I may well be discussing more powerhouse commanders here than in any article to date. Orzhov has delightful themes to it, and almost too obvious. There are ten commanders in this pairing that create or boost creature tokens in some way, nearly twenty that have lifelink or an interaction with life. This, out of only 33 valid Orzhov commanders: believe me, there's a fantastic roster that didn't make the article. However, I’ll not be discussing these themes directly: they’re so intrinsic to the pairing that discussing them is nigh redundant. Instead, let’s get a little more granular and talk about interactions that are specific to these pairings, which I’ve fondly titled Death, Taxes, and Vindication. As always, please bear in mind that our focus here is not necessarily competitive but rather on thematic, archetypical commanders.
For those of you who don’t follow the lore, Orzhov is also called the Guild of Deals: essentially, a bank specializing in the harvest of souls as collateral for their predatory lending practices. Two of the keywords on Orzhov cards reflect that: Afterlife gives you souls after death, and Haunt, well, lives up to its name. Thematically, every time something dies the Orzhov player should be getting their cut, and these generals are experts at seeing you make bank.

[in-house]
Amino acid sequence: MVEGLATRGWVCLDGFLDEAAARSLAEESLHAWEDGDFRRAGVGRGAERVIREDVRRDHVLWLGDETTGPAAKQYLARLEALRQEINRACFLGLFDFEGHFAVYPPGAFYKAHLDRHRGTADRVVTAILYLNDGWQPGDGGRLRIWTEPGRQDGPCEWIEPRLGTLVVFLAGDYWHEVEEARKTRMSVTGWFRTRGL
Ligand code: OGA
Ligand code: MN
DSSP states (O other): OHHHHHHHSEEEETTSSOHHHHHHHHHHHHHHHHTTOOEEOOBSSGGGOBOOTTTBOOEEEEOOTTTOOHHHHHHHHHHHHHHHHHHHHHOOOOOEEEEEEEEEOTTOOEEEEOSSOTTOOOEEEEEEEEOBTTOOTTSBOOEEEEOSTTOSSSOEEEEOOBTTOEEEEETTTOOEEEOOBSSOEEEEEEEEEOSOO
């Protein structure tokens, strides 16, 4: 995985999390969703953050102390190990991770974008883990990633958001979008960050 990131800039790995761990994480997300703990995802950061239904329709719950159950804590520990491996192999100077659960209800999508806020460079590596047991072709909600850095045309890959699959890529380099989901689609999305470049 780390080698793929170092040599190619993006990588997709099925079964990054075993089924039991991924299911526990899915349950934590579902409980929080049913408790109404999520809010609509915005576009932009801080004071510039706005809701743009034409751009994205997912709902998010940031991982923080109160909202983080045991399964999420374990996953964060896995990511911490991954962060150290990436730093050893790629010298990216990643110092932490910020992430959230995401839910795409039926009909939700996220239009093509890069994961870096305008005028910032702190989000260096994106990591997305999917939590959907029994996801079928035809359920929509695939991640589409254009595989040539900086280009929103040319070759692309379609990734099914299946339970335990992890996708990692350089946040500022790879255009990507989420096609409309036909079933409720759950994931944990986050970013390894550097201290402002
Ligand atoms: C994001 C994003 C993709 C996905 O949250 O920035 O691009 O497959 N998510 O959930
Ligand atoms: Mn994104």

Starting this theme with a bang, Second Athreos is a favorite of mine. Yes, you can steal your opponent’s critters, but there are so many fun things you can bring to the party yourself. Consider the consequences of repeatedly sacrificing your own Kokusho, the Evening Star, Sun Titan, or Ashen Rider. The counter ability goes on the stack, so it pairs beautifully with things like the Whip of Erebos. Dig up some ways to cheaply recur your guys for a turn, only to have Athreos cheat the deal? That’s making the system work for you!
For those of you inclined toward commander damage but still keen on killing stuff, I submit to you Elenda. There is a fair collection of cards like Divine Reckoning in White that will turbocharge the lady while leaving her intact, and once you reach that point killing her becomes a frightening prospect for your opponents. Don’t believe me? Consider the cost of killing her, only to see the pilot drop a Sanctum Seeker.